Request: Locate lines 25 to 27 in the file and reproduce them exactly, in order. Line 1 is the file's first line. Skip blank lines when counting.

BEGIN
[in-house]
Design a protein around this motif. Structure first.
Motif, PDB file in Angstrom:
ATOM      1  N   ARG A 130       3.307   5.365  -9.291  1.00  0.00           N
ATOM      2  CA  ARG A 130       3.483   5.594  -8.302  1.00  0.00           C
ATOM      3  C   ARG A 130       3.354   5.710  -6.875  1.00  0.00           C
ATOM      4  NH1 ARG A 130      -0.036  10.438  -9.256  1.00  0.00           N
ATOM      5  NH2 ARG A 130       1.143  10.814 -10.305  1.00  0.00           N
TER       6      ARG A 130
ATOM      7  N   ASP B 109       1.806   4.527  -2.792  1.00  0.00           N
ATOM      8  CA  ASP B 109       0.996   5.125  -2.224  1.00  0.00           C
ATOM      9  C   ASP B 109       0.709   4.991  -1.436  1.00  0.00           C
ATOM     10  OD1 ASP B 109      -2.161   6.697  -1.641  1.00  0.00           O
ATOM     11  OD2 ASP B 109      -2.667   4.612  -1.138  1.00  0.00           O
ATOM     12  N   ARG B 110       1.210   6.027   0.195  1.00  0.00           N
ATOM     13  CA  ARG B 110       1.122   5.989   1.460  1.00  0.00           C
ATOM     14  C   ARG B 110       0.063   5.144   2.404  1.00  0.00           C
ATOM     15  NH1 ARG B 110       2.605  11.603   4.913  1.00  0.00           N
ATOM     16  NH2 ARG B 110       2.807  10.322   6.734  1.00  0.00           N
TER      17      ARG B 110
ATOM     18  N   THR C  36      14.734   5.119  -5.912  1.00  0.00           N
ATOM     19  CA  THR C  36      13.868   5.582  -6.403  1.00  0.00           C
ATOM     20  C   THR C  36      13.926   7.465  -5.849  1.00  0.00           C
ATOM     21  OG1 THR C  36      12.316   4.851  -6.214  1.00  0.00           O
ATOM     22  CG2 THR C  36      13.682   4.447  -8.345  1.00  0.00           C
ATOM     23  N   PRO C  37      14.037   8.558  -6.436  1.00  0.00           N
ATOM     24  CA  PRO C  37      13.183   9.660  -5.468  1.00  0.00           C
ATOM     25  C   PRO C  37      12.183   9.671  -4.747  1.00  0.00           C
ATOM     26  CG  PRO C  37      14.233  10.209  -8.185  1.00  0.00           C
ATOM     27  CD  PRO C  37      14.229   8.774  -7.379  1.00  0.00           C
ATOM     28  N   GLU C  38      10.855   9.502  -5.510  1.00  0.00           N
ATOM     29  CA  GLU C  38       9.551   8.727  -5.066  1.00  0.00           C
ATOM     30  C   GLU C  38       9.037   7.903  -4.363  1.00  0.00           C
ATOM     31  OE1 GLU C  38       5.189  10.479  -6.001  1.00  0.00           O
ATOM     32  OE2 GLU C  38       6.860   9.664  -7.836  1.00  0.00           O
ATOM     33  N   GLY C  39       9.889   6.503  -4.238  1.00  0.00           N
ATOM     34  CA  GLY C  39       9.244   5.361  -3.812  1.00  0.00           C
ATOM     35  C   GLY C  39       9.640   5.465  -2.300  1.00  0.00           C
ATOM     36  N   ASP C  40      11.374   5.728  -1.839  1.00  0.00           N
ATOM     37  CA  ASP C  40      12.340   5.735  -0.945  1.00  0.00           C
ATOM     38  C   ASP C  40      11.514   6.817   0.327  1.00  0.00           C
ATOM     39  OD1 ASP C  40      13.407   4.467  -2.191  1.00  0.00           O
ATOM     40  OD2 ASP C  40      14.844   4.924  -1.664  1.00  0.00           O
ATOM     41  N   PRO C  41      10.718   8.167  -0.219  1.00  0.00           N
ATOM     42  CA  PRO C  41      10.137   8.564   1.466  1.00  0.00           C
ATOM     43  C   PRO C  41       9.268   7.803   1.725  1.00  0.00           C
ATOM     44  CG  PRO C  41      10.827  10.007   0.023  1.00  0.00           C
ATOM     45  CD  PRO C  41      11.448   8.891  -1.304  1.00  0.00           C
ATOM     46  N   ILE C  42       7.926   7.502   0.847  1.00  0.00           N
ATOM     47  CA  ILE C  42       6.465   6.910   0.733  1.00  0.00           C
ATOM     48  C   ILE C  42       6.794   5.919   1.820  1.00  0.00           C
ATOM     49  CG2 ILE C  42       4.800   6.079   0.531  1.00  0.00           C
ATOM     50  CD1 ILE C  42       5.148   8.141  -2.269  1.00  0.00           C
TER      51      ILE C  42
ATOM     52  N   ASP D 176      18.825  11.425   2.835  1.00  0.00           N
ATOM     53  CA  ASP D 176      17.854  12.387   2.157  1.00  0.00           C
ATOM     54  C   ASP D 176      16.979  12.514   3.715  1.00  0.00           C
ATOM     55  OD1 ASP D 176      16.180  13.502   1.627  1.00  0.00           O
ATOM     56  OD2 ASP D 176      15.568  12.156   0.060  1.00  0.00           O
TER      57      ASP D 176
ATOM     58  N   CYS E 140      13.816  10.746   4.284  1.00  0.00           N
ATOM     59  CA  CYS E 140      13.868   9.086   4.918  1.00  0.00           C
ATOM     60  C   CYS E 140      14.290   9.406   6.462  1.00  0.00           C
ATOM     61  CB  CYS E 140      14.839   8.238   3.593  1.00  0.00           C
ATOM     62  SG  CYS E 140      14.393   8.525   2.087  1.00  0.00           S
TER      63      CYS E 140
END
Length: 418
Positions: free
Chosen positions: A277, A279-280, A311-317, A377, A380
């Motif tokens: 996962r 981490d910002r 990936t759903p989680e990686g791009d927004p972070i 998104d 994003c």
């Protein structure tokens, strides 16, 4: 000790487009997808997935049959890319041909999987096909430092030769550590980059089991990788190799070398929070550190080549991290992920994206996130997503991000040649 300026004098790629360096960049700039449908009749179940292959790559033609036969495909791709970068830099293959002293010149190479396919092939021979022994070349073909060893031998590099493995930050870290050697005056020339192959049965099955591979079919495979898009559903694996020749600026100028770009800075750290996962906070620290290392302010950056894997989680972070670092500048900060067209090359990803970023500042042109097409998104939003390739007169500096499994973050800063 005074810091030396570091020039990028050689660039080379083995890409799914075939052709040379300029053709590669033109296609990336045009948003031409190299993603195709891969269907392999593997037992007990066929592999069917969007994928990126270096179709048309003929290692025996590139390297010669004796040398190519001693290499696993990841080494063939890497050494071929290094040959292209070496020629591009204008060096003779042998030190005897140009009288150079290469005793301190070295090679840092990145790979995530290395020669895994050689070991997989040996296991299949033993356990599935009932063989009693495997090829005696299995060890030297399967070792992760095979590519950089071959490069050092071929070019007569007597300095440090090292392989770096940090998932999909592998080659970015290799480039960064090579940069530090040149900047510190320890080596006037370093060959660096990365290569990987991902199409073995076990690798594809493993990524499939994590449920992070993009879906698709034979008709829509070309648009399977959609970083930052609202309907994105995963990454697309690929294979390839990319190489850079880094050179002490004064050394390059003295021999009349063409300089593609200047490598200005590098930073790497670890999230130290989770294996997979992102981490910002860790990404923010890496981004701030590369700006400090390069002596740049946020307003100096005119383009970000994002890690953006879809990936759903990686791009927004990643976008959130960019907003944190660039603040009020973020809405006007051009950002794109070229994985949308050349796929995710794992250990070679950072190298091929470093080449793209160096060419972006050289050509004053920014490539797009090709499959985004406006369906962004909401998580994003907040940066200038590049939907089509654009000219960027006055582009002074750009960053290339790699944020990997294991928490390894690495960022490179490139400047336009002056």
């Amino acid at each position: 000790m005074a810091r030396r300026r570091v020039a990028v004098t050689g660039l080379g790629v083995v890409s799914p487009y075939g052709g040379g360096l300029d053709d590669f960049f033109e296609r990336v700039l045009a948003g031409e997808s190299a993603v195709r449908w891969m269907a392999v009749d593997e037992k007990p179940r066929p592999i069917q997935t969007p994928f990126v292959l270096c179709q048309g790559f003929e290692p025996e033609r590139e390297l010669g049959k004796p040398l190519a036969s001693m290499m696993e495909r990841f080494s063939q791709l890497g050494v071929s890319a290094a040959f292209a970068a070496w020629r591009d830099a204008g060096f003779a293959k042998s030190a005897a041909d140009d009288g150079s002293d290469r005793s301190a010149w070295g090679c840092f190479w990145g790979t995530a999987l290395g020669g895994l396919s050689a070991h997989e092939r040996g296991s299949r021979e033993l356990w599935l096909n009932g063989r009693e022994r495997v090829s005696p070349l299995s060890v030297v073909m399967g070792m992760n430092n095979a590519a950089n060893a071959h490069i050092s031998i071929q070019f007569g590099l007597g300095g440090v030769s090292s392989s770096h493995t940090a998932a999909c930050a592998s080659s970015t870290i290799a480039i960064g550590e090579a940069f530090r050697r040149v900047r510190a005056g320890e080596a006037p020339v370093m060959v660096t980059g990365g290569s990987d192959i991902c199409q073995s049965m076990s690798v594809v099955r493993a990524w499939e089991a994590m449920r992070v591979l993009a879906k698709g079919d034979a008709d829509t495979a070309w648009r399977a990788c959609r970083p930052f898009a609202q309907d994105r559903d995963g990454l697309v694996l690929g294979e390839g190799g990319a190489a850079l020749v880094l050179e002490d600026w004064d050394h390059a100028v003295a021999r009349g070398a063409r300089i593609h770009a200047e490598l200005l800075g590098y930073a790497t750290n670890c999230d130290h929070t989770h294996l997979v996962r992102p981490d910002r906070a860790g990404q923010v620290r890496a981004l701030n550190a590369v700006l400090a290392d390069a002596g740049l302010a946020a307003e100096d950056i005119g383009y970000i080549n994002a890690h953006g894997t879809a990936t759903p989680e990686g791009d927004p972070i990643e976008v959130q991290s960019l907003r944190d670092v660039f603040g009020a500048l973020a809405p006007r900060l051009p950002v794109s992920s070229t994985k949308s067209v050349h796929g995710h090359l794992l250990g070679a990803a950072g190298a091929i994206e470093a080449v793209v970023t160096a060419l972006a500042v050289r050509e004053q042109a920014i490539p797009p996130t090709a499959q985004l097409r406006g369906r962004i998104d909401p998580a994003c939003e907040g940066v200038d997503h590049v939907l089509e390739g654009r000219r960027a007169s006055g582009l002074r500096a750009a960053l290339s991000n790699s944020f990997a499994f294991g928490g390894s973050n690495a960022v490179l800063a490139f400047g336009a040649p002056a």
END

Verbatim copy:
ATOM     22  CG2 THR C  36      13.682   4.447  -8.345  1.00  0.00           C
ATOM     23  N   PRO C  37      14.037   8.558  -6.436  1.00  0.00           N
ATOM     24  CA  PRO C  37      13.183   9.660  -5.468  1.00  0.00           C